That was the eve of the "birth of the current day"  Red Bead Experiment.  Mr. Bill Boller was in the room that day.

I will never forget the laughter when I ask my question to Dr. Deming in front of the group of about 300 HP senior managers. He scorned at me and said something like...  you got too many control charts ... young man!

So my first comment about your data is to make sure you are only collecting data on the most important points and points in your processes that are impacted by and have impact on the most critical outcomes of your processes.

An excellent analogy in the manufacture of plastic molded parts is the concept of critical dimensions of the part being made. The plastic part experts can determine one or two "critical dimensions" on the part that when measured determine if the entire part is made correctly or not.

Secondly, if you don't use Xbar R charts, please consider switching to them to analyze your data. One of the first lessons we learned is that the magnitude of the Range graph is the first place to start worrying.

If the magnitude of the range fluctuates wildly from data point to data point them your process is "driving you crazy" with what I call "fire-drills" and in effect is wasting your time and taking you away from the important analysis of improving the entire process. So try to understand what is behind the fluctuations and take action to smooth the Range first. I refer to the Range Chart as my frustration index.

Referring to the sample Red / White control chart - see link:

You will notice that for the most part all of the data points plotted in both the Xbar and the R chart are within the calculated Statistical Control limits. That means that the process of drawing white beads is operating within statistical control and for the most part the managers of the process should NOT BE WORRYING.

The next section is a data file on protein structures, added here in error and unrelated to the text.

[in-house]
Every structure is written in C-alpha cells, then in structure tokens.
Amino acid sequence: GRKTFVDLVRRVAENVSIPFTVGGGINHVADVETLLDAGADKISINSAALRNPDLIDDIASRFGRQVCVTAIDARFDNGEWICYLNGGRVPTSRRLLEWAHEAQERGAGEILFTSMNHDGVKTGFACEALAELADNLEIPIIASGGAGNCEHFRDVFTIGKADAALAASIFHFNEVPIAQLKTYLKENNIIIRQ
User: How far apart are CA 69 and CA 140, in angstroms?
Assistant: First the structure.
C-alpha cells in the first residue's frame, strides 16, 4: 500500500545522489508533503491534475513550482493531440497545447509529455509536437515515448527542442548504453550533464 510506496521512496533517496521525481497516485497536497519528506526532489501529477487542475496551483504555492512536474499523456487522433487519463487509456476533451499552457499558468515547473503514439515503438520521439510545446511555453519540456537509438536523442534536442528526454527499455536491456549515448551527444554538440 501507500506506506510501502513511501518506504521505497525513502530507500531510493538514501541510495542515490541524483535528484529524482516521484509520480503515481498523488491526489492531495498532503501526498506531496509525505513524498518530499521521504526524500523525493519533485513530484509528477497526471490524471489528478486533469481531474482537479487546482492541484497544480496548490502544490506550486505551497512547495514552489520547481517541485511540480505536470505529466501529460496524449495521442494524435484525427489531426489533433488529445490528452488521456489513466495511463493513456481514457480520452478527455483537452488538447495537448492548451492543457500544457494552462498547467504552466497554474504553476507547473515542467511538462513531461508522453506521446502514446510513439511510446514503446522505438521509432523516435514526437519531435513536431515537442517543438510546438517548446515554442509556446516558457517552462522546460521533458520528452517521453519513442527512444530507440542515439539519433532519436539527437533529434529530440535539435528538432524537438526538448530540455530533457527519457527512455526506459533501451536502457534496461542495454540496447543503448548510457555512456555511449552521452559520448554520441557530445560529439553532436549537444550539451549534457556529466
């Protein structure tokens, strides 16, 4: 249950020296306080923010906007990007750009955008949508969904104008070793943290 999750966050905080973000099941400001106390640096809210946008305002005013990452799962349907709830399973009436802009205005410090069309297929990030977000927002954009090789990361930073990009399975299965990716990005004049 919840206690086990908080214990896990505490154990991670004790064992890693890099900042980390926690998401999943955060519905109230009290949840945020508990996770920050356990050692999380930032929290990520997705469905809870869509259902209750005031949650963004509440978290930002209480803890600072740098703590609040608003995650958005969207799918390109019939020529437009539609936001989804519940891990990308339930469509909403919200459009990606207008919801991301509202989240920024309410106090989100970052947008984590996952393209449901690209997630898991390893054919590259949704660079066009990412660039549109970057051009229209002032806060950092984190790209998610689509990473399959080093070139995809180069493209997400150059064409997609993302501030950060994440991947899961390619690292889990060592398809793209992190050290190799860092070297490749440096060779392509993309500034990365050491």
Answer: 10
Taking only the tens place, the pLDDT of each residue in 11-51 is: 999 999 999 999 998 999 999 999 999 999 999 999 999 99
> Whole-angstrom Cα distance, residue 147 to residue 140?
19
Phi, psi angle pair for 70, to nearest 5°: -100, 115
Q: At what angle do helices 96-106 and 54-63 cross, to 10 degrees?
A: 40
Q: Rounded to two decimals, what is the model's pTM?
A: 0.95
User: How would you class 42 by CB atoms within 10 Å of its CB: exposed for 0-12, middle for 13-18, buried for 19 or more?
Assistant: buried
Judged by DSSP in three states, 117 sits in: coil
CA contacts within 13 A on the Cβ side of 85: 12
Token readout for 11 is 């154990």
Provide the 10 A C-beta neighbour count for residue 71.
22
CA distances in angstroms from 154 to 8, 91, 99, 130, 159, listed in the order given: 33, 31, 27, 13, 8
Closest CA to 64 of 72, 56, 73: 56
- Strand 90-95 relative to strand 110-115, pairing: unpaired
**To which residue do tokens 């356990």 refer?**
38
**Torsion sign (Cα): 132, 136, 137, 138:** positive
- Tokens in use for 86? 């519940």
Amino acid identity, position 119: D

If there would have been a data point plotted higher than the calculated limits Dr. Deming teaches us that that would be a "special cause" and most of the time we should not worry about those types of causes either. Putting effort into "chasing special causes" again takes away your resources from making the most important analysis of improving the entire process.

The magnitude of the average of the Xbar chart should now be our primary focus of analysis.  All of the data points that fall within the calculated statistical control limits are what Dr. Deming calls  "common causes".

As a manager of a process (like drawing white beads) one of the first decisions you should make is whether the average of the process Xbar is acceptable to you from a business perspective. -- as Paul refers to in his comment above.

Yes, there may be "Red Beads" defects in your process but sine the process is acting in statistical control. It will take work - sometimes a lot of expensive work to identify and remove the common causes (Red Beads) from the process.

Is all that work cost effective? Or is there another way to deal with the issues or perhaps even find someone that you can "sell the unwanted Red Beads to" ? Be creative!

That's a pure management business decision and one that should be made before spending lots of resources analyzing the root causes of all the problems.

Now assuming that management has made the decision that the average of the Xbar data is NOT acceptable, you as a data manager / analyzer need to organize your data using some sort of  Pareto Chart technique  and start looking for the 20% of the common causes (Red Beads) that when eliminated will reduce and improve the entire process by some 80% - lets NOT make work too difficult!

Each one of the common cause (Red Beads) in the process has a name engraved on it in very tiny difficult to read letters. It will take work and the involvement of the "willing workers" to help identify the names of the problem issues. Here is where the majority of Dr. Deming's 14 principles play a role.

Workers know what is going on in a process; but, if management does NOT create the proper environment; uses  ridiculous reward and punishment systems; unfair bonus and performance reward systems... all the knowledge of the "willing workers" will be LOST!

As you know, there are many points that the Red Bead Experiment makes and I won't attempt to cover them all in this discussion.